Aquamation, the greenest way to dispose off mortal remains
London: For those who are keen to leave a light footprint on the Earth, here’s one way to accomplish it—"aquamation", a new eco-alternative to burial and cremation.
With land for burials in short supply and cremation producing around 150 kilograms of carbon dioxide per body – and as much as 200 micrograms of toxic mercury – aquamation is being touted as the greenest method for disposing of your mortal remains.
The corpse is placed into a steel container and potassium is added, followed by water heated to 93 degree Centigrade.
The flesh and organs are completely decomposed in 4 hours, leaving bones as the only solid remains.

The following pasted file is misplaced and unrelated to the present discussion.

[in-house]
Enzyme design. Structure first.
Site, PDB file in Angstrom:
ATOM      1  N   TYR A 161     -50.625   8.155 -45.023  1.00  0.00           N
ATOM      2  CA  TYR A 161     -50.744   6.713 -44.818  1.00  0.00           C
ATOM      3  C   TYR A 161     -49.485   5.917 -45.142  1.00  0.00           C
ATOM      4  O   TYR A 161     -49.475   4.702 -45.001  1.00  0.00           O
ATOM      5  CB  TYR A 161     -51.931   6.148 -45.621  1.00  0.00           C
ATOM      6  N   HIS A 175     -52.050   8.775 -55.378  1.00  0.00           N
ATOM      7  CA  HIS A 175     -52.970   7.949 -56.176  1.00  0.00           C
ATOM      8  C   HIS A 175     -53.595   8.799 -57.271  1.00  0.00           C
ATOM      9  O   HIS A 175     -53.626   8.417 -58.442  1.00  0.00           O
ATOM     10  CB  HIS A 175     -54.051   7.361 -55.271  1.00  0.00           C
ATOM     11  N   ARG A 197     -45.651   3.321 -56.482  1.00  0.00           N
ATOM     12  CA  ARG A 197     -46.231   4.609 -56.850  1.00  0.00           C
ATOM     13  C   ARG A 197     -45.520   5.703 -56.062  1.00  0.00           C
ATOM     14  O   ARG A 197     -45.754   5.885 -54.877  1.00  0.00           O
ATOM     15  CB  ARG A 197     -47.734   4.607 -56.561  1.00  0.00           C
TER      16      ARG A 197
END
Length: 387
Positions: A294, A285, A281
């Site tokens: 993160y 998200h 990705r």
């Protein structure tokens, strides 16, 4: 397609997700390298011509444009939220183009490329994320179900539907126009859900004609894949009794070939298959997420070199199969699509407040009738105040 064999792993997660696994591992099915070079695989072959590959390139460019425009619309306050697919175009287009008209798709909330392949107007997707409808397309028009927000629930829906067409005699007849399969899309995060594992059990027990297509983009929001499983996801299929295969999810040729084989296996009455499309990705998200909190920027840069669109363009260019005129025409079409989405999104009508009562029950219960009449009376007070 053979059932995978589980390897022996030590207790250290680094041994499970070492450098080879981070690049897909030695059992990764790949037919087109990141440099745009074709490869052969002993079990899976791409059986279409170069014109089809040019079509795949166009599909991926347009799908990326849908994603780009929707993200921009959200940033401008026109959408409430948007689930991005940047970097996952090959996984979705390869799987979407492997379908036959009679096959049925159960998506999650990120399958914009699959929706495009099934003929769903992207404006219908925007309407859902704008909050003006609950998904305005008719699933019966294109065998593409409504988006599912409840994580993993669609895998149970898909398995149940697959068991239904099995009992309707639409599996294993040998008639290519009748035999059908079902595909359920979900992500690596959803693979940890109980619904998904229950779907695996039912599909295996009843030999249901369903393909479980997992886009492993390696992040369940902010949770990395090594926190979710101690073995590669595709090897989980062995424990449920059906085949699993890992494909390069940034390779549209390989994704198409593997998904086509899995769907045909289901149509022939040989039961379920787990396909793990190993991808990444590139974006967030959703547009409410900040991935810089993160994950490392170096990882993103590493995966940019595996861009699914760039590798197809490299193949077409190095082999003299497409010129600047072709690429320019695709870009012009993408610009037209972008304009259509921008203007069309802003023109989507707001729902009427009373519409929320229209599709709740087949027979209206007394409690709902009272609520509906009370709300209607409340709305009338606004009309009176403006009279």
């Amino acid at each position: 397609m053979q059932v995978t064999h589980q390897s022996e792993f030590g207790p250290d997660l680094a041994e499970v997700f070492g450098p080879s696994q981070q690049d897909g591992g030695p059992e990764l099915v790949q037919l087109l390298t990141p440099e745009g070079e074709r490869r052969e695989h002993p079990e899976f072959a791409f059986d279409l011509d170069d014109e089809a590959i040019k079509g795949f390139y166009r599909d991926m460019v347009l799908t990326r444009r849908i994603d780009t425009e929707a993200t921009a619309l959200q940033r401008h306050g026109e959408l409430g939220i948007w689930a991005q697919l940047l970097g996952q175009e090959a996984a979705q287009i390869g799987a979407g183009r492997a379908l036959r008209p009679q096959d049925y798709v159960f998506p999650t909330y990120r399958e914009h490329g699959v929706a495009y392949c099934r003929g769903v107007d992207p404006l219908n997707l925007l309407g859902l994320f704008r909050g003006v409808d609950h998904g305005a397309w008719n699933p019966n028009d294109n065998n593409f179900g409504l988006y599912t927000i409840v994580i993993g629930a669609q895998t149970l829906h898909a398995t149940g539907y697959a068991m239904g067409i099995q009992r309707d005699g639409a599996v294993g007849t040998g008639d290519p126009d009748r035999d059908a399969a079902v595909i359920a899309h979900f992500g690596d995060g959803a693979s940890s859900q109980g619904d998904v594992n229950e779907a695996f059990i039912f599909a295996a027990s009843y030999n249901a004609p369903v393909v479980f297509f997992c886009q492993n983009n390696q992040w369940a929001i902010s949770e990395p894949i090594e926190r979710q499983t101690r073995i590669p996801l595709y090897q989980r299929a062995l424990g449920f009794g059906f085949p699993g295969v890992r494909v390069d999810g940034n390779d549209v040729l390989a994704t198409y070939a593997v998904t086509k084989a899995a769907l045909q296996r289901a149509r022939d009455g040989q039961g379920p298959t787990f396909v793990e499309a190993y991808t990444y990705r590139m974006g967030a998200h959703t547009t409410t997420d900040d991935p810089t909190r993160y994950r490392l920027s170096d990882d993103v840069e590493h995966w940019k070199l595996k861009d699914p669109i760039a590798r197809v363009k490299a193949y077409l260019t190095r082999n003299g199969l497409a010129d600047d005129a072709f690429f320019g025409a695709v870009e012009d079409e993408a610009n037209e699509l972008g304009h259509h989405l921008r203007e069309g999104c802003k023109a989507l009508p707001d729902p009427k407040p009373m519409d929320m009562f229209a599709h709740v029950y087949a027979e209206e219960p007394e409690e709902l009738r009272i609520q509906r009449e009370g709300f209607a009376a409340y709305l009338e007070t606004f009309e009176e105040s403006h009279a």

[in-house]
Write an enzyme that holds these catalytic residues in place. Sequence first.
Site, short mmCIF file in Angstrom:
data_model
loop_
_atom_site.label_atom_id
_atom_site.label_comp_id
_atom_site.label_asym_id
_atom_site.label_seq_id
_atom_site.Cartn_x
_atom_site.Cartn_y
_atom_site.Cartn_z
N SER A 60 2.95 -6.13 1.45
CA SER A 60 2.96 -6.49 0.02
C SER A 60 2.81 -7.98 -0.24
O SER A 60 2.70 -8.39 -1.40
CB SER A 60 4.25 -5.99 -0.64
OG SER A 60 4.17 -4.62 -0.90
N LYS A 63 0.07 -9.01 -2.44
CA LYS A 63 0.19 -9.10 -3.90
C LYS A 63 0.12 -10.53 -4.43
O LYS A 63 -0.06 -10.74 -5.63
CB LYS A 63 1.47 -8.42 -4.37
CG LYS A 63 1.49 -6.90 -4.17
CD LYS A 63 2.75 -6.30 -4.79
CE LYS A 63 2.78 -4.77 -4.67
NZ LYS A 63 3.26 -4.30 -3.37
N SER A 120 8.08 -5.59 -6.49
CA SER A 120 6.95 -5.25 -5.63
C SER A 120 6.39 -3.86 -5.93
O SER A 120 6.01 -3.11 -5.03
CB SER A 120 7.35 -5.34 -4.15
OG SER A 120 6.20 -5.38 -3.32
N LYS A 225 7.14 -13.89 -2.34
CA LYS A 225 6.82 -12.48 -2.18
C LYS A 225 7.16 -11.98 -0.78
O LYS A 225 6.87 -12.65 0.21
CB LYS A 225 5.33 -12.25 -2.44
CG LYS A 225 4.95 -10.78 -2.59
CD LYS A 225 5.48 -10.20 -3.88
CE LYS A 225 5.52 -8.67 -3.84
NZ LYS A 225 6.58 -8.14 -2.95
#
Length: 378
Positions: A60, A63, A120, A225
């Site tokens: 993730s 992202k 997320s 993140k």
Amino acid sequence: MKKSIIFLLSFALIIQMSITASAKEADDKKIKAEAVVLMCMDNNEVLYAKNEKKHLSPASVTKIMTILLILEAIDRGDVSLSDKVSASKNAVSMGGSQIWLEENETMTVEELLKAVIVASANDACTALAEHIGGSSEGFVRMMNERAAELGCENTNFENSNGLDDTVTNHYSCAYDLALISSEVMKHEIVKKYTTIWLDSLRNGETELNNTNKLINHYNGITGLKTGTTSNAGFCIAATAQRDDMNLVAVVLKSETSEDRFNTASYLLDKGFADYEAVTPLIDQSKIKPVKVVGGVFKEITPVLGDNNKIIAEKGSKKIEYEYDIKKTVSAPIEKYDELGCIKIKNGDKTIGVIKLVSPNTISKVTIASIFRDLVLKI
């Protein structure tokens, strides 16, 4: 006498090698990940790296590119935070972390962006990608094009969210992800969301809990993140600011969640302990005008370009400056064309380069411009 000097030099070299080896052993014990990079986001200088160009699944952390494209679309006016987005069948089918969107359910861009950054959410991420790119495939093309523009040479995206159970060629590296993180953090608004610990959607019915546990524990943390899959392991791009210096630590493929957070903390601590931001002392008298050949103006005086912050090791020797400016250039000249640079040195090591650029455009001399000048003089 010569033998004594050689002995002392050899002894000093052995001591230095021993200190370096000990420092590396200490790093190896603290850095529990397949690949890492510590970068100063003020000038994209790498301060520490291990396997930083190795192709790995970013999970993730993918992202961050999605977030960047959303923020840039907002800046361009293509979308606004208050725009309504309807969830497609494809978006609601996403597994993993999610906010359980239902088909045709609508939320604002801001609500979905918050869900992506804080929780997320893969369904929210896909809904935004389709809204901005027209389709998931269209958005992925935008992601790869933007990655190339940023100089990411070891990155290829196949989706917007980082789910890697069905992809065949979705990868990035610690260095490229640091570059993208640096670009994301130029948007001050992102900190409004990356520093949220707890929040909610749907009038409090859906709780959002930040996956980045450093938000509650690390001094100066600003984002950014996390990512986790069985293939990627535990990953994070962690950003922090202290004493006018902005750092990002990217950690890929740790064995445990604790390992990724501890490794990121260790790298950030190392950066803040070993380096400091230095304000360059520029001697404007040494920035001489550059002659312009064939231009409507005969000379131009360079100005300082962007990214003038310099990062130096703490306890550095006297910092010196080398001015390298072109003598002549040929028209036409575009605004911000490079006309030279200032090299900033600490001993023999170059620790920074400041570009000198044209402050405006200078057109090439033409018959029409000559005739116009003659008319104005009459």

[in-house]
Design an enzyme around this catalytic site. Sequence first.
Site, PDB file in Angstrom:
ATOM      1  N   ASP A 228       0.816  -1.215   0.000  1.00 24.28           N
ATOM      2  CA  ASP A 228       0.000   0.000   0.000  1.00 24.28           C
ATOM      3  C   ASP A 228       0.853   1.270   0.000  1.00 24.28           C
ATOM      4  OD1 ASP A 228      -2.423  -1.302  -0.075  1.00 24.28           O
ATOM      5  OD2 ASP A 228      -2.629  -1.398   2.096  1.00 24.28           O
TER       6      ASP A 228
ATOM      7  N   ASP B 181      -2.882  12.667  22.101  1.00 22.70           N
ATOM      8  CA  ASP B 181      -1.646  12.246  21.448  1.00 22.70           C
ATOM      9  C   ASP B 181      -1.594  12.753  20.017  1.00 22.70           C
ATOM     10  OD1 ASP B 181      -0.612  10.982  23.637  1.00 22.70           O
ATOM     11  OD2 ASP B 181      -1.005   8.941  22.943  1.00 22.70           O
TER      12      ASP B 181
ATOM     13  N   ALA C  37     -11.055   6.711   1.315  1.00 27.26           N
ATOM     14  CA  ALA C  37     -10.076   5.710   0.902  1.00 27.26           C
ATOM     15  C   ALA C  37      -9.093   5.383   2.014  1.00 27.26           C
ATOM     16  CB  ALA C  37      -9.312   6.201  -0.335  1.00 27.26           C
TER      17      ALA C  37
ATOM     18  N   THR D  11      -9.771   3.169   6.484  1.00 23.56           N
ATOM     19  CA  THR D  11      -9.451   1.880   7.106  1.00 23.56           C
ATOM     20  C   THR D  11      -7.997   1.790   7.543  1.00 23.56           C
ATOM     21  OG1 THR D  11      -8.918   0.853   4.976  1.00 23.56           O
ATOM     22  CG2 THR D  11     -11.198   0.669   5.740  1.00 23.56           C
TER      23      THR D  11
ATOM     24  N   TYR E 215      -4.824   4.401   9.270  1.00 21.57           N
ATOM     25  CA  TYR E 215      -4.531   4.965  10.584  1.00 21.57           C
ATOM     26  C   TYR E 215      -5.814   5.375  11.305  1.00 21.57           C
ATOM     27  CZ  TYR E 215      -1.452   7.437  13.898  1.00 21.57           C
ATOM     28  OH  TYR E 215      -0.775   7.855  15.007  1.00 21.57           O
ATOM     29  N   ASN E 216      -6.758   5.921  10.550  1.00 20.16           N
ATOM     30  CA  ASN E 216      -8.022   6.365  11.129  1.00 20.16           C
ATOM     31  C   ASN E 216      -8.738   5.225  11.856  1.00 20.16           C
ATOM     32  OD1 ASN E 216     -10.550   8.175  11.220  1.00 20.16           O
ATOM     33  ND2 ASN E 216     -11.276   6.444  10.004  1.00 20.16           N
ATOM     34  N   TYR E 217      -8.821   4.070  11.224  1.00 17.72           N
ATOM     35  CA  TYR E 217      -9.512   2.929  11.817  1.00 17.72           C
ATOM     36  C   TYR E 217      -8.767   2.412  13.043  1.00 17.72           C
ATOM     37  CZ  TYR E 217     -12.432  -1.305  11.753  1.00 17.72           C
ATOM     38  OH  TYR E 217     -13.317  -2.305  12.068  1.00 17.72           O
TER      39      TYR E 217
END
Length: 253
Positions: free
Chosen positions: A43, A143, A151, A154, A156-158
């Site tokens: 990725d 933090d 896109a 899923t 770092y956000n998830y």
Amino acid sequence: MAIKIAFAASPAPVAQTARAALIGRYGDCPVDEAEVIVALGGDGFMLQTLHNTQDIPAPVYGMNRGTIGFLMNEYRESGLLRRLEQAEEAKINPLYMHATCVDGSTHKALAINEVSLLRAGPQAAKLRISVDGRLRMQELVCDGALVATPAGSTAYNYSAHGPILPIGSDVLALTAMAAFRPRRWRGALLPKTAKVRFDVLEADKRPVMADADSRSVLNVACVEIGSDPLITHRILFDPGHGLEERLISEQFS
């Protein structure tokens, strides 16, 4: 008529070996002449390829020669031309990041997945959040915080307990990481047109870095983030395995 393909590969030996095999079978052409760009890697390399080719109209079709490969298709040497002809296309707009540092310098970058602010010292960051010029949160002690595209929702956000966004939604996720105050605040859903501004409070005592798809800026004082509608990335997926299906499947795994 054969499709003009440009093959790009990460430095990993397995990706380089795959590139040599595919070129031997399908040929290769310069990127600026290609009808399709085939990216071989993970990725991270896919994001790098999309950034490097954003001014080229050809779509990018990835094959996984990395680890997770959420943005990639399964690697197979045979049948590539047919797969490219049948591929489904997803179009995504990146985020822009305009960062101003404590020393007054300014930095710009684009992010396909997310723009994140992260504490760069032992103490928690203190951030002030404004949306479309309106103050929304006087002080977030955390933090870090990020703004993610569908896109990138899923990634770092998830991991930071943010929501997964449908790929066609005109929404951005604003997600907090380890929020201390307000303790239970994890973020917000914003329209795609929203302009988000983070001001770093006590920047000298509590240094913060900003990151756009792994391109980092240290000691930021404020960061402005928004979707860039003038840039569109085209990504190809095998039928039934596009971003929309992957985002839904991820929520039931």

This is similar to what’s left after cremation, where the "ashes" are in fact bones hardened in the furnace and then crushed.
Aquamation uses only 10 per cent of the energy of a conventional cremation and releases no toxic emissions, said John Humphries, chief executive of Aquamation Industries in Gold Coast, Queensland, Australia, who developed the technology.
The decomposition process, called alkaline hydrolysis, "simply speeds up the natural way that flesh decomposes in soil and water", he said.
Similar methods for decomposing corpses have been developed elsewhere, but they decompose corpses at much higher temperatures.
Humphries says that aquamation, unlike cremation, will not destroy artificial implants such as hip replacements, allowing them to be reused, reports New Scientist.
And after the body is decomposed, "the water is a fantastic fertiliser", he said.
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